SINGAPORE (BLOOMBERG) - Ask Nico Purnomo Po about the world-beating stock rally that turned him into Indonesia's latest billionaire, and he'll tell you the market is rewarding his property company's ability to complete big projects in prime locations.
"There were concerns before about whether we could execute what we had promised to customers, but we've proven ourselves," Mr Po, 37, the chief operating officer and controlling shareholder of PT Pollux Properti Indonesia, said in an interview.
Other market observers aren't so sure. To them, Pollux Properti's more than 500 per cent gain since mid-July looks like the latest example of a thinly traded stock surging way ahead of fundamentals.
The rally, by far the biggest among more than 4,700 shares in the Bloomberg World Index, has lifted Pollux Properti's valuation to 34 times net assets, 10 times higher than the industry average in Indonesia. Daily trading in the stock over the period has averaged around US$70,000 (S$95,900), meaning it doesn't take much to boost the price.
"The shares have very little liquidity, so the price might not necessarily be a reflection of the company's fundamentals," said Mr John Teja, a director at PT Ciptadana Sekuritas in Jakarta.
Mr Christopher Andre Benas, a Jakarta-based analyst who covers the real estate sector at RHB Research Institute, puts it more bluntly: "The valuation doesn't make sense."
Indonesia's stock exchange questioned the rise in August, and Pollux Properti pointed to an improvement in its financial situation. The bourse halted the shares from trade briefly in early September after they kept surging, and said last Friday that it continues to monitor the stock.
Mr Fahri Hilmi, a capital markets director at Indonesia's Financial Services Authority, known as OJK, said the group was coordinating with the exchange regarding Pollux Properti's rise.
On paper, the gains have lifted Mr Po's net worth to US$3.6 billion, according to the Bloomberg Billionaires Index. He owns 85 per cent of the company (his father, Po Sun Kok, is the chairman), via two holding firms. Mr Po also has a 90 per cent stake in the family's Singapore-listed property business in Singapore, Pollux Properties Ltd.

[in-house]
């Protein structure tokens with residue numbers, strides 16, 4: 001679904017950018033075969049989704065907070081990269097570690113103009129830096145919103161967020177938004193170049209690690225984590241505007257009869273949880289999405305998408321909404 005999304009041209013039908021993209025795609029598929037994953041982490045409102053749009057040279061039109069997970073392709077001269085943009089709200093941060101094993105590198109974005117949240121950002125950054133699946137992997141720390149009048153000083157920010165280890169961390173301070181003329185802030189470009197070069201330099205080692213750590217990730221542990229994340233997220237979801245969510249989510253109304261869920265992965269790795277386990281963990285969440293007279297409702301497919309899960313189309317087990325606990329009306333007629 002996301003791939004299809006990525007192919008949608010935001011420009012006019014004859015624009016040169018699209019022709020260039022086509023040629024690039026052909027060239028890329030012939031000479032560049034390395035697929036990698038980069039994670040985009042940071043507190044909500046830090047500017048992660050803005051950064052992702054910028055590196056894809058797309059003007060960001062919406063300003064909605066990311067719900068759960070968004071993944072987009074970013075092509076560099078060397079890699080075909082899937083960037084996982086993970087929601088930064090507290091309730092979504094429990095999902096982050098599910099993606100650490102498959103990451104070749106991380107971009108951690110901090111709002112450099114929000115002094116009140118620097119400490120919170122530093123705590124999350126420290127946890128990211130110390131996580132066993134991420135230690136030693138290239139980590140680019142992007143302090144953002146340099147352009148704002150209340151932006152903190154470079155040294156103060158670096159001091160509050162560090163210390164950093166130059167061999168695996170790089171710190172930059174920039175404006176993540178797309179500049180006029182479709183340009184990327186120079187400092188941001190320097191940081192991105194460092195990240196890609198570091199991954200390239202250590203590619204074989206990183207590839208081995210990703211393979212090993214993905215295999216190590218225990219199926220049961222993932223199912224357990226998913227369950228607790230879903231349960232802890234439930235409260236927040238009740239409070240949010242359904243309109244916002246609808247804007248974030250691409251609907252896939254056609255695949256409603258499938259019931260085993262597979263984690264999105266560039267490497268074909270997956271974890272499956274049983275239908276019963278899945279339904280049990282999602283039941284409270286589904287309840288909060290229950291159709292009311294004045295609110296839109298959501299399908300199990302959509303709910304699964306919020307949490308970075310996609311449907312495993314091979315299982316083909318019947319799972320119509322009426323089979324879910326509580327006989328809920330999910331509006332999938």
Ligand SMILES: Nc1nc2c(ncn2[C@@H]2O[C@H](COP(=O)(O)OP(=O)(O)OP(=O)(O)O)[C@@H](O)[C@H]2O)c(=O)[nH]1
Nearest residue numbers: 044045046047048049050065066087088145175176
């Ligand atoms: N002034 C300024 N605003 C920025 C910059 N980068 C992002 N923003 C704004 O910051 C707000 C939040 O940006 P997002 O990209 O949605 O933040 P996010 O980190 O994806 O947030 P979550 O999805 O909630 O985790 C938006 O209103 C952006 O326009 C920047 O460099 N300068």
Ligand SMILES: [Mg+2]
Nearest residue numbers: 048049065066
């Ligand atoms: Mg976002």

While Pollux Properti recently completed the World Capital Tower, one of the tallest buildings in Jakarta, many of its key assets are still works in progress.
There's the luxury condominium, Pollux Sky Suites, in Mega Kuningan, a high-end business district in the city, plus another ambitious development on the island of Batam, an hour by fast ferry from Singapore's southern coast.
Long the poor cousin to neighbouring Bintan, where those seeking a weekend getaway can stay at resorts with rooms starting from $1,000 a night, Batam will soon be home to Meisterstadt Batam.
The project, now a huge construction site, will eventually house a 100-storey tower for financial firms, shopping mall, hospital and high-rise condominiums. Pollux has a 51 per cent stake in Meisterstadt, the brainchild of late Indonesian president B J Habibie, who also was a Po family friend.
It's a long way from the company's humble beginnings. Mr Po's grandmother used to sell shirts she sewed herself to friends in Semarang, a city in Indonesia's Central Java province. That textile business still exists via PT Golden Flower, although the company now supplies big-label brands like Calvin Klein, Zara and Muji. Shares in Golden Flower are up almost 800 per cent since its June listing.
Mr Po, who declined to comment on his family's wealth, was born in Semarang and came to Singapore for an education, studying computing at the National University of Singapore (NUS). He got his start in real estate in the city-state and later shifted his focus back to Indonesia, where housing and infrastructure needs have been escalating as the population grows.
"I spearheaded the expansion into property," Mr Po said of his transitioning of the business several years ago. "I saw good opportunities and felt it was the right time to enter."
He said Pollux Properti's meteoric share-price rise reflects the company's "investment properties, which will yield recurring income once operational." In an Aug 15 filing, the company said first-half profit was 35.9 billion rupiah (S$3.5 million), a 201 per cent increase from the same period a year earlier.
"These completions boost investor confidence, as Pollux is able to complete mega-size projects," he said. "There's also certainty that these projects will provide stable recurring income for the future. Our projects are mostly located at ultra-prime locations and definitely landmark iconic buildings."
Mr Po also sees opportunities linked to Indonesia's plan to move its capital from Jakarta to the island of Borneo. Pollux Properti doesn't own any land in the area yet, but has begun a feasibility study on several potential sites, he said.
Some analysts are much less optimistic. Pollux Properti may struggle to woo Singaporean buyers to its Meisterstadt Batam project, given a challenging financing environment, said Ms Christine Li, the head of research for Singapore and South-east Asia at Cushman & Wakefield.
"Because the Singapore government has implemented several rounds of property-cooling measures, even financing overseas purchases has been tightened indirectly," she said. "This could potentially affect the affordability."
Even when taking into account Pollux Properti's undeveloped land, the stock surge since mid-July looks overdone, RHB's Benas said.
"The Indonesian market likes to exaggerate things," he said. "It's just sentiment."